Knowledge for better food systems

Geothermal photobioreactor could produce animal feed

This paper, produced by the Centre for the Study of Existential Risk at the University of Cambridge, outlines a system that could produce animal feed with lower environmental impacts than conventional soybean production. The system combines LED lighting, indoor photobioreactors, atmospheric carbon capture and geothermal energy to produce an algae-based feed product.

The paper presents an overview of current livestock production, including the environmental consequences of producing soybeans as animal feed.

It then goes on to describe a system recently deployed at Hellisheiði geothermal power station in the Hengill area of Iceland. As illustrated in the figure below, geothermal energy is used to produce artificial light through LEDs and extract carbon dioxide from the atmosphere. The light and the carbon dioxide, together with fertilisers and water, are the inputs to a photobioreactor in which the algae Nannochloropsis oculata (which is suitable for inclusion in livestock diets) is cultivated.

Image: Figure 2, Tzachor. Integrated system outline (in place and operational to produce 10,500 kg of biomass per year; DAC is a pilot project).

The paper calculates that this system could produce animal feed using 250-fold less land and 200-fold less fresh water than soybean cultivation. While soybean cultivation produces 0.94 kg CO2 eq. per kg of dry matter, the novel system is carbon negative, absorbing 0.93 kg CO2 eq. per kg of dry matter. The latter figure, however, does not account for the production of fertilisers. The paper does not discuss how much the inclusion of fertiliser production would change the final carbon footprint.

The paper does not discuss whether Nannochloropsis oculata is suitable for direct consumption by humans, nor does it discuss the opportunity costs of using existing geothermal energy capacity for feed production versus other purposes (e.g. domestic electricity or water heating).



Population growth, an expanding middle-class, and a global shift in dietary preferences have driven an enduring demand for animal products. Since animal products are playing a vital role in human diets, their consumption is predicted to increase further. However, the great dependency of animal husbandry on global staple feed crop soybean; the environmental consequences of soybean production; and barriers for soy cropland expansion cast doubt on food system sustainability. The need to mitigate future demand for soy with other feed sources of similar nutritional profile, and thereby decouple food and feed production from ecological pressures, is compelling. Yet, the literature and science of sustainable agriculture is one of incremental improvements, featuring primarily, crop production intensification. A different, more profound approach to the design of feed systems is required to ensure sustainable food security. The question arises if alternative technologies exist to support such a design. This paper explores a particular novel configuration of four advanced technologies recently deployed in the region of Hengill, Iceland: light-emitting diode systems, advanced indoor photobioreactors, atmospheric carbon capture technology, and geothermal energy technology. In situ system analysis and data triangulation with scientific literature and data from independent sources illustrate the potential of these integrated technologies to produce algal-based animal feed. The analysis suggests that a highly sustainable soybean equivalent is technically attainable for feed purposes. The integrated system requires less than 1% of arable land and fresh water compared with soybean cultivation and is carbon negative. In addition, it provides a pesticide- and herbicide-free cultivation platform. This new configuration provides one pathway for the future of feed.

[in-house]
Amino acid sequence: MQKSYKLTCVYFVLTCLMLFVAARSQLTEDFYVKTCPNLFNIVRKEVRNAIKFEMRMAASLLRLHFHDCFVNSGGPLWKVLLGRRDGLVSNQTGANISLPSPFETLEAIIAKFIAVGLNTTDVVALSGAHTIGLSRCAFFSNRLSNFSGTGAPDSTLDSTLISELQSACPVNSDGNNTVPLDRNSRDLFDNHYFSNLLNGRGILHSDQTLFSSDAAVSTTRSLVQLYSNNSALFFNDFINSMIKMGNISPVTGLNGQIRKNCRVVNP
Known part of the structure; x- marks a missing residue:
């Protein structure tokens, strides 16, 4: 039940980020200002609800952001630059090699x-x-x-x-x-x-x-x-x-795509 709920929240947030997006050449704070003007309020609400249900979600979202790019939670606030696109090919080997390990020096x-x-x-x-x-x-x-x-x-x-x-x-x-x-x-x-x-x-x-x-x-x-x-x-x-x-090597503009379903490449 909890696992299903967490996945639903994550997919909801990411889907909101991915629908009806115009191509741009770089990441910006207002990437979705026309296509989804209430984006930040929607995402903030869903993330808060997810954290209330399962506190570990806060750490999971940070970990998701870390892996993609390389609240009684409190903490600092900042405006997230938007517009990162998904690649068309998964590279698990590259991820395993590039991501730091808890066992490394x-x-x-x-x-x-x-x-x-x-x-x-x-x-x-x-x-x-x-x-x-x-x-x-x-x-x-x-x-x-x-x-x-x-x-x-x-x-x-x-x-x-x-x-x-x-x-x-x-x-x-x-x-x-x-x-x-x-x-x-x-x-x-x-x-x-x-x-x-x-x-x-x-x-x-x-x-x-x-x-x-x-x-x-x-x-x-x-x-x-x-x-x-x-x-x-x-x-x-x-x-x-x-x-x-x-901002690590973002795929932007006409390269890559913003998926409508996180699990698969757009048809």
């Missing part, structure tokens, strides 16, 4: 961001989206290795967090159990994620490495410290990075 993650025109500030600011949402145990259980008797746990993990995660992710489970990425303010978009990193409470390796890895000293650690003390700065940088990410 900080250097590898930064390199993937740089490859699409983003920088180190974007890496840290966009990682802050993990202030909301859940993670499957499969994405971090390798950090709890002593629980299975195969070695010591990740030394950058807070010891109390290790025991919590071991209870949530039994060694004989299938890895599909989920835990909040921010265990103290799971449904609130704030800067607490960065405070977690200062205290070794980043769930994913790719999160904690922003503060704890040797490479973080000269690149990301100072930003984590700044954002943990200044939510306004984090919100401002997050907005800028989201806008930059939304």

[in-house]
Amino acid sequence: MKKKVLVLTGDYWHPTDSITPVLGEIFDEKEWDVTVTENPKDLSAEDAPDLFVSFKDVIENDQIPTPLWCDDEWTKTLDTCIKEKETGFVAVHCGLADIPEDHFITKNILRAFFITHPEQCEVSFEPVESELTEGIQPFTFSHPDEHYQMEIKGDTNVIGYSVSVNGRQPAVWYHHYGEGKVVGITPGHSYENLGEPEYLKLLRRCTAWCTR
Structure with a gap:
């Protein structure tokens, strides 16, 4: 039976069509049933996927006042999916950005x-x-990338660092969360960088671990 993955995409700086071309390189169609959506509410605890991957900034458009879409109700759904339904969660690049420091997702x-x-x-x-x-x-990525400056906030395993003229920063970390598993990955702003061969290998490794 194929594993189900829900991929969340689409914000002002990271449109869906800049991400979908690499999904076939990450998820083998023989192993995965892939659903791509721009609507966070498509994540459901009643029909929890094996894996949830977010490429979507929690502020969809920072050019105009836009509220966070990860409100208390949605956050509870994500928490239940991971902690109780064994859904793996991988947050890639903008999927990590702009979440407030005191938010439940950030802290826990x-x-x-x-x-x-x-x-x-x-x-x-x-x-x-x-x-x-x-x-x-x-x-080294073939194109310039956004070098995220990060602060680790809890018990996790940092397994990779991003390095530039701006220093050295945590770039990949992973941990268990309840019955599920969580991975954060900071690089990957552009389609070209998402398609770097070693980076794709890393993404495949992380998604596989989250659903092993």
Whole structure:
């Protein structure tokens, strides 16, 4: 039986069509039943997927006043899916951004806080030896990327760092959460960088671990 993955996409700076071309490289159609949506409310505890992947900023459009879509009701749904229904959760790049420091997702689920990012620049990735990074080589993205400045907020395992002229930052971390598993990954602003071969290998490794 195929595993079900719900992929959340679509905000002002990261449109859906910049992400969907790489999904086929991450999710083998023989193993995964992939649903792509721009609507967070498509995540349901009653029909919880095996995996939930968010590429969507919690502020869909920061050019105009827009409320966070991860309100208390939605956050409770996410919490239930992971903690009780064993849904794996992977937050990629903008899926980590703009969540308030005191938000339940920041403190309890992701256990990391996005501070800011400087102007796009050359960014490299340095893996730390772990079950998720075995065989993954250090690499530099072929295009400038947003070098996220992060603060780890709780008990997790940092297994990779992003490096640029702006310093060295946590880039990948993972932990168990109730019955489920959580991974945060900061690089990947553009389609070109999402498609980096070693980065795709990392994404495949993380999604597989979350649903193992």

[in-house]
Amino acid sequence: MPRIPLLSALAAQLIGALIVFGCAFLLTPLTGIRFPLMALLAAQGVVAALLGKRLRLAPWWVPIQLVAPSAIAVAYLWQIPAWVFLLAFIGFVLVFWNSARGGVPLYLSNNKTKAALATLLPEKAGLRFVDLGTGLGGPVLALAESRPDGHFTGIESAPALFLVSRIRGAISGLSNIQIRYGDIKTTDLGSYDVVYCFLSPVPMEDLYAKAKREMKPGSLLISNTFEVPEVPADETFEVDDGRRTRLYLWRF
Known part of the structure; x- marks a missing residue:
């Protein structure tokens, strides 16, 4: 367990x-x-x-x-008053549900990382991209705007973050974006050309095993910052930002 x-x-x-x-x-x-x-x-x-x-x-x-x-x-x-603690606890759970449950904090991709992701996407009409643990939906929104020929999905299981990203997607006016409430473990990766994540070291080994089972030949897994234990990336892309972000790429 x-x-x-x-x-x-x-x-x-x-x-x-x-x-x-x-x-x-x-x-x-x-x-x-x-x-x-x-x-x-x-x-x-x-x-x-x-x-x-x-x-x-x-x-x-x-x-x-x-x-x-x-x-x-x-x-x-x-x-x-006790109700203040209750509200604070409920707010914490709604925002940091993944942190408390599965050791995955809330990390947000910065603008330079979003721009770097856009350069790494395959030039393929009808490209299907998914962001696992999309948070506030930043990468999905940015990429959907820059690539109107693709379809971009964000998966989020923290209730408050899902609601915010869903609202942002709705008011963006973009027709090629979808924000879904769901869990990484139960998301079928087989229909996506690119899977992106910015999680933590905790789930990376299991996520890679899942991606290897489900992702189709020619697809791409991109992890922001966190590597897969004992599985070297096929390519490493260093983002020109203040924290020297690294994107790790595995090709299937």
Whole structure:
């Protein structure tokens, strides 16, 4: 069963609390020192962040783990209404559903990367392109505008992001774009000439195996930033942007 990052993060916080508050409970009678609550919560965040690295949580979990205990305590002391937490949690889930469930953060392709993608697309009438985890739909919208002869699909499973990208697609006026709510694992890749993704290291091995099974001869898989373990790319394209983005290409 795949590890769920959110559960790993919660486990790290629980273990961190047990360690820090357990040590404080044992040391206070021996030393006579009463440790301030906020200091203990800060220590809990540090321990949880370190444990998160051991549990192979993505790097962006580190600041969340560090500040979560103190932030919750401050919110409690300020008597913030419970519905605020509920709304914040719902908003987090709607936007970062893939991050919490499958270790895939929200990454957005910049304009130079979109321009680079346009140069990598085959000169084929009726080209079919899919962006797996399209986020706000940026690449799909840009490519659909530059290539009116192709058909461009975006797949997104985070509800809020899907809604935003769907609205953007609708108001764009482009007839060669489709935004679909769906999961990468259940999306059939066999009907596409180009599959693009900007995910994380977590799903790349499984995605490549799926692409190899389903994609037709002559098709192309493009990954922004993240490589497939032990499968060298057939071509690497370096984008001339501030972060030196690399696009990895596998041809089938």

Tzachor, A., 2019. The Future of Feed: Integrating Technologies to Decouple Feed Production from Environmental Impacts. Industrial Biotechnology, 15(2), pp.52-62.

Read the full paper here. See also the Foodsource How far could changes in production practices reduce GHG emissions?

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